COVID-19: Thrombosis, thromboinflammation, and anticoagulation considerations

Int J Lab Hematol. 2021 Jul;43 Suppl 1(Suppl 1):29-35. doi: 10.1111/ijlh.13500.


Vascular endothelial injury is a hallmark of acute infection at both the microvascular and macrovascular levels. The hallmark of SARS-CoV-2 infection is the current COVID-19 clinical sequelae of the pathophysiologic responses of hypercoagulability and thromboinflammation associated with acute infection. The acute lung injury that initially occurs in COVID-19 results from vascular and endothelial damage from viral injury and pathophysiologic responses that produce the COVID-19-associated coagulopathy. Clinicians should continue to focus on the vascular endothelial injury that occurs and evaluate potential therapeutic interventions that may benefit those with new infections during the current pandemic as they may also be of benefit for future pathogens that generate similar thromboinflammatory responses. The current Accelerating COVID-19 Therapeutic Interventions and Vaccines (ACTIV) studies are important projects that will further define our management strategies. At the time of writing this report, two mRNA vaccines are now being distributed and will hopefully have a major impact on slowing the global spread and subsequent thromboinflammatory injury we see clinically in critically ill patients.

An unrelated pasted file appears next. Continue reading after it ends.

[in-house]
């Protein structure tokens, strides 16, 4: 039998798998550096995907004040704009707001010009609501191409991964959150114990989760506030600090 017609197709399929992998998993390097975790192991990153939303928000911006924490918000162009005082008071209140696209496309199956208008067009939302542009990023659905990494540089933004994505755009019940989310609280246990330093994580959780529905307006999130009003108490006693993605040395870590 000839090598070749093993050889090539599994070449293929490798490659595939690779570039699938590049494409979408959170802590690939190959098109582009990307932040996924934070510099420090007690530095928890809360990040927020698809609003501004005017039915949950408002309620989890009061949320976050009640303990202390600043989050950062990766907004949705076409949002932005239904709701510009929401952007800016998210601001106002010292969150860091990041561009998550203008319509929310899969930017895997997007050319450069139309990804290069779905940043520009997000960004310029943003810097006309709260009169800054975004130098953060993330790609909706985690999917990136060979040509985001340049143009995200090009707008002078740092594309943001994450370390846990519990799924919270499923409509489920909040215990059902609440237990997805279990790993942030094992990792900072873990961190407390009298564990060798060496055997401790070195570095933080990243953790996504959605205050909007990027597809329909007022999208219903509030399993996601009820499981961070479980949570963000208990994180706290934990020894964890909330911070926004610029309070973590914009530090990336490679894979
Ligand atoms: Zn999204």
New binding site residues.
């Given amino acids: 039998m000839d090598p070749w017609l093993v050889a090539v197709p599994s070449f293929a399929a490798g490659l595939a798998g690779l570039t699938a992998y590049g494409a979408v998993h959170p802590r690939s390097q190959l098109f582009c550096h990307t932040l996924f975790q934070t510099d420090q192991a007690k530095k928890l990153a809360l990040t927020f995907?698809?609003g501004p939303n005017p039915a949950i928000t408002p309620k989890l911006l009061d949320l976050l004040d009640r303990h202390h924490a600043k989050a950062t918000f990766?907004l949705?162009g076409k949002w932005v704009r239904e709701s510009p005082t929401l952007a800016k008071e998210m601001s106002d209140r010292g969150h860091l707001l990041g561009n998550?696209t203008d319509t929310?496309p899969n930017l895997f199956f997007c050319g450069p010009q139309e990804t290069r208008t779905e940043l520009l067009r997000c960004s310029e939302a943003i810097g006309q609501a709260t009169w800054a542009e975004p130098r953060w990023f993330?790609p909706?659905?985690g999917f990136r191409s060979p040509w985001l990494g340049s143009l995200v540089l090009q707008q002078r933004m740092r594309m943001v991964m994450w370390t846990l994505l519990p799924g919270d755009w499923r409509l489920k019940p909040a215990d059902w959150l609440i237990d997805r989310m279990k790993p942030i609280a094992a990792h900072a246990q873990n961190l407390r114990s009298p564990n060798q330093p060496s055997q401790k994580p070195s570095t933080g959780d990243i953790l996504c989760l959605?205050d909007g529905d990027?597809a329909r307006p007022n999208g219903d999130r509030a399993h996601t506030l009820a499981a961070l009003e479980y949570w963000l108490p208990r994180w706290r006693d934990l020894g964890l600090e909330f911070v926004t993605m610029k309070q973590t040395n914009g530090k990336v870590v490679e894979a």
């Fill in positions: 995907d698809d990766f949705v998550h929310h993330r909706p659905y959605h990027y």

Keywords: COVID-19; anticoagulant therapy; coagulopathy; disseminated intravascular coagulation; endothelial cell; thrombosis.

Publication types

  • Review

MeSH terms

  • Anticoagulants / therapeutic use
  • COVID-19 / blood
  • COVID-19 / complications*
  • COVID-19 / immunology
  • Child
  • Disseminated Intravascular Coagulation / etiology
  • Endothelium, Vascular / injuries
  • Endothelium, Vascular / physiopathology
  • Female
  • Fibrinolysis
  • Forecasting
  • Humans
  • Lung / blood supply
  • Lung / pathology
  • Pandemics*
  • Pregnancy
  • Pregnancy Complications, Infectious / blood
  • SARS-CoV-2*
  • Thromboembolism / etiology
  • Thromboembolism / prevention & control
  • Thrombophilia / etiology*
  • Vasculitis / etiology*


  • Anticoagulants